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Climate of the Past An interactive open-access journal of the European Geosciences Union
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Discussion papers
https://doi.org/10.5194/cp-2019-9
© Author(s) 2019. This work is distributed under
the Creative Commons Attribution 4.0 License.
https://doi.org/10.5194/cp-2019-9
© Author(s) 2019. This work is distributed under
the Creative Commons Attribution 4.0 License.

Research article 01 Mar 2019

Research article | 01 Mar 2019

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This discussion paper is a preprint. A revision of the manuscript is under review for the journal Climate of the Past (CP).

On the validity of foraminifera-based ENSO reconstructions

Brett Metcalfe1,2, Bryan C. Lougheed1,3, Claire Waelbroeck1, and Didier M. Roche1,2 Brett Metcalfe et al.
  • 1Laboratoire des Sciences du Climat et de l'Environnement, LSCE/IPSL, CEA-CNRS-UVSQ, Université Paris-Saclay, 91191 Gif-sur-Yvette, France
  • 2Earth and Climate Cluster, Department of Earth Sciences, Faculty of Sciences, VU University Amsterdam, de Boelelaan 1085, 1081 HV, Amsterdam, The Netherlands
  • 3Department of Earth Sciences, Uppsala University, Villavägen 16, 75236 Uppsala, Sweden

Abstract. A complete understanding of past El Niño-Southern Oscillation (ENSO) fluctuations is important for the future predictions of regional climate using climate models. Reconstructions of past ENSO dynamics use carbonate oxygen isotope ratios (δ18Oc) and trace metal geochemistry (Mg / Ca) recorded by planktonic foraminifera to reconstruct past spatiotemporal changes in upper ocean conditions. We investigate whether planktonic foraminifera-based proxies offer sufficient spatiotemporal continuity with which to reconstruct past ENSO dynamics. Concentrating upon the period of the instrumental record, we use the Foraminifera as Modelled Entities model to statistically test whether or not δ18Oc and the Temperature signal (Tc) in planktonic foraminifera directly records the ENSO cycle. Our results show that it is possible to use δ18Oc from foraminifera to disentangle the ENSO signal only in certain parts of the Pacific Ocean. Furthermore, a large proportion of these areas coincide with sea-floor regions exhibiting a low sedimentation rate and/or water depth below the carbonate compensation depth, thus precluding the extraction of a temporally valid palaeoclimate signal using long-standing palaeoceanographic methods.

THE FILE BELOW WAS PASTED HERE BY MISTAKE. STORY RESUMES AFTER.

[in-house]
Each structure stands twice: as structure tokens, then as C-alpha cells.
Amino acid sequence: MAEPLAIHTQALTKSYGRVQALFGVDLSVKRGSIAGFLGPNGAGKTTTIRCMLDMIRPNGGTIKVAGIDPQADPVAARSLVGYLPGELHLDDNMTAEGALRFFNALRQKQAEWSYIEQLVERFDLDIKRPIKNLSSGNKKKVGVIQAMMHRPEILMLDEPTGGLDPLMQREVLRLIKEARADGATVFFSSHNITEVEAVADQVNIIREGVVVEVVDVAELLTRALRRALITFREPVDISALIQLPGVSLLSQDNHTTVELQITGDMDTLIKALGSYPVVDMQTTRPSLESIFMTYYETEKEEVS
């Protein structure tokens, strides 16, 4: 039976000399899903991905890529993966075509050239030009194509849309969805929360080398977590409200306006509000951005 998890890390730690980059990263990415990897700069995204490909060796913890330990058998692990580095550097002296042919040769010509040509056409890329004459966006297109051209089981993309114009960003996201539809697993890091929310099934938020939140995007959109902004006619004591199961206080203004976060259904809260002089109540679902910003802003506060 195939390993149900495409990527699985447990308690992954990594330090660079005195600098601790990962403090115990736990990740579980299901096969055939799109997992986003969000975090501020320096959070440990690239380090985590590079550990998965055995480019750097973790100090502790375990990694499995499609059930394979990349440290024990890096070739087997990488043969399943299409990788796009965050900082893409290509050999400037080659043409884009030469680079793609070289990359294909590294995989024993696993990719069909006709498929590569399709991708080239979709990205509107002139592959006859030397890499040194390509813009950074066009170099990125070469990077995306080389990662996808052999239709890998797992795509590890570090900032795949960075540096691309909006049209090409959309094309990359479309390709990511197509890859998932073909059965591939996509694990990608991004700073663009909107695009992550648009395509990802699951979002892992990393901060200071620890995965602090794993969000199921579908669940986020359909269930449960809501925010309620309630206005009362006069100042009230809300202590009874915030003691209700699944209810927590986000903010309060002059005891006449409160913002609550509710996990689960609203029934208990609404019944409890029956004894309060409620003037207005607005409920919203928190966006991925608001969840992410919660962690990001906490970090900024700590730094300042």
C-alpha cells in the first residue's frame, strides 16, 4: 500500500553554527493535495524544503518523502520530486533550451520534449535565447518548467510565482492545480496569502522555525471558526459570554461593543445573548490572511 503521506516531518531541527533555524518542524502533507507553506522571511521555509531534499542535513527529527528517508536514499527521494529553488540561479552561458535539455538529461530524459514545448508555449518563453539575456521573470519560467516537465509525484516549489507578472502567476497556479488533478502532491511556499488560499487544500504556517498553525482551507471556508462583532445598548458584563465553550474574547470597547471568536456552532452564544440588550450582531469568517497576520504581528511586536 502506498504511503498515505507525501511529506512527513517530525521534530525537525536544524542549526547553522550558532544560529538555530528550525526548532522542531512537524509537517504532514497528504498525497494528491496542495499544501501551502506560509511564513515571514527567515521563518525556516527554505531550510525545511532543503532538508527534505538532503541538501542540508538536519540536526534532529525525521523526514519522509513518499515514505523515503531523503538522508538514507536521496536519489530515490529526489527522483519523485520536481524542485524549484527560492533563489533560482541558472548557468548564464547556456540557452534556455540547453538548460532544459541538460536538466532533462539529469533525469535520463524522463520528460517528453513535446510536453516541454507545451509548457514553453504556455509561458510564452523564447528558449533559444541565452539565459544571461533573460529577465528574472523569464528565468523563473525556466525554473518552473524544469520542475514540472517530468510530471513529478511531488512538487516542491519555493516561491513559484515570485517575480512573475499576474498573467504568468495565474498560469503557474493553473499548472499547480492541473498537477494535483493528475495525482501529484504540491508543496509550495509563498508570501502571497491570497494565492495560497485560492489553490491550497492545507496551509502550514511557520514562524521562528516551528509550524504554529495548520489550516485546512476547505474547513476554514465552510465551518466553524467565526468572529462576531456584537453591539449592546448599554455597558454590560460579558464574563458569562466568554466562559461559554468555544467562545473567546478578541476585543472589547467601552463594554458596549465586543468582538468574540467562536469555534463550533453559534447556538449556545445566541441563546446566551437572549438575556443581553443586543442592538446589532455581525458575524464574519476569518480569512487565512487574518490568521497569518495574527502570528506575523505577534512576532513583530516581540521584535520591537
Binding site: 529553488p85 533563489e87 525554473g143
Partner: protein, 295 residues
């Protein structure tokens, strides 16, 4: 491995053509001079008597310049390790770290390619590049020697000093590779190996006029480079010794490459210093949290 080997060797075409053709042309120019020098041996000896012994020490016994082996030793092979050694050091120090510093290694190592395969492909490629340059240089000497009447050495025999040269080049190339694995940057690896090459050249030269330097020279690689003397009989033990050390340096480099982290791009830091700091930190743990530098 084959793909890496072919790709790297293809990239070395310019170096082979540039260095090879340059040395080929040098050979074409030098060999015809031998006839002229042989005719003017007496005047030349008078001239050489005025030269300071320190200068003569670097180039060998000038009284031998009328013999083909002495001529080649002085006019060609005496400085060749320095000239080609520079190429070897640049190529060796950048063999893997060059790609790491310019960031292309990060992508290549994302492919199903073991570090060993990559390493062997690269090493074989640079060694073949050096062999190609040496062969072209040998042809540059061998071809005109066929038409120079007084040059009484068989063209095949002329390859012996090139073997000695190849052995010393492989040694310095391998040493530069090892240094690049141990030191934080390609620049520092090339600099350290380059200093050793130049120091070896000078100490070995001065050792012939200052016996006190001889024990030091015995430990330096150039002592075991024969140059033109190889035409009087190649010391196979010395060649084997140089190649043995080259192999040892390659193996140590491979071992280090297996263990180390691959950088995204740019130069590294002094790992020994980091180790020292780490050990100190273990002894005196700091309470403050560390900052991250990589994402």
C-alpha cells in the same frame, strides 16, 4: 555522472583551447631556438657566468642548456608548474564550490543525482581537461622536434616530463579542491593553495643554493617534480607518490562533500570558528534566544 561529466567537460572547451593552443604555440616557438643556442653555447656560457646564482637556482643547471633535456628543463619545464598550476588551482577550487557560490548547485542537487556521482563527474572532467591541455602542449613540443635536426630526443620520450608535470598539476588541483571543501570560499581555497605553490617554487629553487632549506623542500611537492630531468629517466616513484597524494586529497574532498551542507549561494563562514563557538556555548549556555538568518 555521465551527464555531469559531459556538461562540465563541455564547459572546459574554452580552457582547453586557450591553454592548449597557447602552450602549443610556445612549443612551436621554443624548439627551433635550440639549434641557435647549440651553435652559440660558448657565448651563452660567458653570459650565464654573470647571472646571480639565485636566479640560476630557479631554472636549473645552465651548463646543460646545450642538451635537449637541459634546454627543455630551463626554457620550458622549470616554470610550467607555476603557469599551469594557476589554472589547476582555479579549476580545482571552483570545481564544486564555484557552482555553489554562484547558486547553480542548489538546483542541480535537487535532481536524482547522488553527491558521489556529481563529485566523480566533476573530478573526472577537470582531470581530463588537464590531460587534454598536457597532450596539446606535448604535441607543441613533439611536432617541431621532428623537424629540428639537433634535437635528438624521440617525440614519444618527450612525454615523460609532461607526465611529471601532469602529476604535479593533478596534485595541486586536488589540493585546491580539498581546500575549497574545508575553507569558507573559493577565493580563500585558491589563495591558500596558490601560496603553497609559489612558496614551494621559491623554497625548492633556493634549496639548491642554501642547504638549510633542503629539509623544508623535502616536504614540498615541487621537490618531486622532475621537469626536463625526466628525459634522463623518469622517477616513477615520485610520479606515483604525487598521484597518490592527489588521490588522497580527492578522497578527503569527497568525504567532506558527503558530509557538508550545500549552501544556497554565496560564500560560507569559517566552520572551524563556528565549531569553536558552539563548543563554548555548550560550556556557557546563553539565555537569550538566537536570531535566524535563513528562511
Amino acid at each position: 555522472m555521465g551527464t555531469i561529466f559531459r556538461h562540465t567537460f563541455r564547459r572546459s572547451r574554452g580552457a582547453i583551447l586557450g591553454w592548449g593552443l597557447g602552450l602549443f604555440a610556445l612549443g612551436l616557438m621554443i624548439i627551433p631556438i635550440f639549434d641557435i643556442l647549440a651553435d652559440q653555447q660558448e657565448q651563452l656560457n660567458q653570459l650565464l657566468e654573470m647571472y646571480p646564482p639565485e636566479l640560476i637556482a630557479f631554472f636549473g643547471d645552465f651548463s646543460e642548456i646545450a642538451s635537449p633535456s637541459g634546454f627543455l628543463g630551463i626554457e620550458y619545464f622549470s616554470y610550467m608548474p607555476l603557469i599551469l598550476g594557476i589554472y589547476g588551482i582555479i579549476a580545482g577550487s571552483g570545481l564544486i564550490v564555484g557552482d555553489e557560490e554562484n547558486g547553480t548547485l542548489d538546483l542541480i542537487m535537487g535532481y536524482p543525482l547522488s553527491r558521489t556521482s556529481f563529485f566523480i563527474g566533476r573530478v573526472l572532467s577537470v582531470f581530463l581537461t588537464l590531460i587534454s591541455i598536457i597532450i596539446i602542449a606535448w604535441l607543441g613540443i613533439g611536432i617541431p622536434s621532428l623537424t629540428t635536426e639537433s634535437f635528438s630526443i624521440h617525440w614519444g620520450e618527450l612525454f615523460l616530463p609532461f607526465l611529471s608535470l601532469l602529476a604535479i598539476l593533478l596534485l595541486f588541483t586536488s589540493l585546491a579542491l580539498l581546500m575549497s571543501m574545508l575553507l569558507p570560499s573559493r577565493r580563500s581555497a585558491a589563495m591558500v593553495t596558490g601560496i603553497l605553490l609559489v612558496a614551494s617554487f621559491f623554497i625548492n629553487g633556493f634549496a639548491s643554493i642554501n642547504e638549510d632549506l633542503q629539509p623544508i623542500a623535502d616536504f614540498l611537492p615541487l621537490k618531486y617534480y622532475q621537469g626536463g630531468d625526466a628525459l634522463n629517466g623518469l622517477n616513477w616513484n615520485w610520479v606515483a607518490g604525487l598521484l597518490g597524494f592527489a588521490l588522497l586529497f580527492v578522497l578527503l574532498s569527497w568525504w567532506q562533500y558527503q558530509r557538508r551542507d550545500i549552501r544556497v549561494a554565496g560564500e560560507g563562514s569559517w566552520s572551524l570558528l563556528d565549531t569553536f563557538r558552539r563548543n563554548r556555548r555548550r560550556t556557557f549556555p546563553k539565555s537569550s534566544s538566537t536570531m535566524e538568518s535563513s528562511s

Brett Metcalfe et al.
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DATA: On the validity of foraminifera-based ENSO reconstructions Data set B. Metcalfe, B. C. Lougheed, C. Waelbroeck, and D. M. Roche https://doi.org/10.5281/zenodo.2554843

Brett Metcalfe et al.
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Short summary
Planktonic foraminifera construct a shell that, post mortem, settles to the seafloor, prior to collection by Palaeoclimatologists for use as proxies. Such organisms in life are sensitive to the ambient conditions (e.g., temperature, salinity), which therefore means our proxies are skewed toward the organisms ecology. We test how this may affect proxies used for reconstructing the ENSO and how the past is recorded in ocean sediments, highlighting the problems associated with such reconstructions.
Planktonic foraminifera construct a shell that, post mortem, settles to the seafloor, prior to...
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